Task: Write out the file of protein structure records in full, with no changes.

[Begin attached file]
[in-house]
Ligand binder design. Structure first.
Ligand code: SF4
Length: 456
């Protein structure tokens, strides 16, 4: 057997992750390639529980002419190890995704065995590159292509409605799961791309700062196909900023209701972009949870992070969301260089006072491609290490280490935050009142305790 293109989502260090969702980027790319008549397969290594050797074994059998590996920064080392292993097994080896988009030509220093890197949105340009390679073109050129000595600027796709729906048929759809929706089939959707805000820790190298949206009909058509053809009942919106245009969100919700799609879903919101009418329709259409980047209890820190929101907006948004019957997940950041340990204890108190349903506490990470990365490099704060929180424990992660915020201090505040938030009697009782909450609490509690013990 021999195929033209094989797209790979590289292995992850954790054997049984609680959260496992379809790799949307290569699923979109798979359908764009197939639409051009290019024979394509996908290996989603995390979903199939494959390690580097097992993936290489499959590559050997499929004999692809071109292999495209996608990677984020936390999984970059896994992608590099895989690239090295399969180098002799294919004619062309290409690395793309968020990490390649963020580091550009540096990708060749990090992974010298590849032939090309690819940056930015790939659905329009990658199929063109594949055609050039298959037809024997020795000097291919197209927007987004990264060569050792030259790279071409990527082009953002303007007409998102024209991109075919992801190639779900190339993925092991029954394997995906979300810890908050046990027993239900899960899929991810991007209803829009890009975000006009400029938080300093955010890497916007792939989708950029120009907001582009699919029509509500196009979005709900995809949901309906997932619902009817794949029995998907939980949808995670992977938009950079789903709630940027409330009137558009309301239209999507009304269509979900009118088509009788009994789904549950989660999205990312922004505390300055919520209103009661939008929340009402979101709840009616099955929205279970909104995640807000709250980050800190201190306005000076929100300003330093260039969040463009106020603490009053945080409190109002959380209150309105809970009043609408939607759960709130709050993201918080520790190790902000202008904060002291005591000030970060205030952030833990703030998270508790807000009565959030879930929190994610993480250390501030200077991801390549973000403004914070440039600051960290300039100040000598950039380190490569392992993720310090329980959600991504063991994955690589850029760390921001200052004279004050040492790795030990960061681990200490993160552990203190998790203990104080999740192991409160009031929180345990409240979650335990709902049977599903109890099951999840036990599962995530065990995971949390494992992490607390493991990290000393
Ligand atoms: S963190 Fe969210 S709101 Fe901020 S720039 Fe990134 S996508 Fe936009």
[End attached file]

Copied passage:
[in-house]
Ligand binder design. Structure first.
Ligand code: SF4
Length: 456
């Protein structure tokens, strides 16, 4: 057997992750390639529980002419190890995704065995590159292509409605799961791309700062196909900023209701972009949870992070969301260089006072491609290490280490935050009142305790 293109989502260090969702980027790319008549397969290594050797074994059998590996920064080392292993097994080896988009030509220093890197949105340009390679073109050129000595600027796709729906048929759809929706089939959707805000820790190298949206009909058509053809009942919106245009969100919700799609879903919101009418329709259409980047209890820190929101907006948004019957997940950041340990204890108190349903506490990470990365490099704060929180424990992660915020201090505040938030009697009782909450609490509690013990 021999195929033209094989797209790979590289292995992850954790054997049984609680959260496992379809790799949307290569699923979109798979359908764009197939639409051009290019024979394509996908290996989603995390979903199939494959390690580097097992993936290489499959590559050997499929004999692809071109292999495209996608990677984020936390999984970059896994992608590099895989690239090295399969180098002799294919004619062309290409690395793309968020990490390649963020580091550009540096990708060749990090992974010298590849032939090309690819940056930015790939659905329009990658199929063109594949055609050039298959037809024997020795000097291919197209927007987004990264060569050792030259790279071409990527082009953002303007007409998102024209991109075919992801190639779900190339993925092991029954394997995906979300810890908050046990027993239900899960899929991810991007209803829009890009975000006009400029938080300093955010890497916007792939989708950029120009907001582009699919029509509500196009979005709900995809949901309906997932619902009817794949029995998907939980949808995670992977938009950079789903709630940027409330009137558009309301239209999507009304269509979900009118088509009788009994789904549950989660999205990312922004505390300055919520209103009661939008929340009402979101709840009616099955929205279970909104995640807000709250980050800190201190306005000076929100300003330093260039969040463009106020603490009053945080409190109002959380209150309105809970009043609408939607759960709130709050993201918080520790190790902000202008904060002291005591000030970060205030952030833990703030998270508790807000009565959030879930929190994610993480250390501030200077991801390549973000403004914070440039600051960290300039100040000598950039380190490569392992993720310090329980959600991504063991994955690589850029760390921001200052004279004050040492790795030990960061681990200490993160552990203190998790203990104080999740192991409160009031929180345990409240979650335990709902049977599903109890099951999840036990599962995530065990995971949390494992992490607390493991990290000393
Ligand atoms: S963190 Fe969210 S709101 Fe901020 S720039 Fe990134 S996508 Fe936009």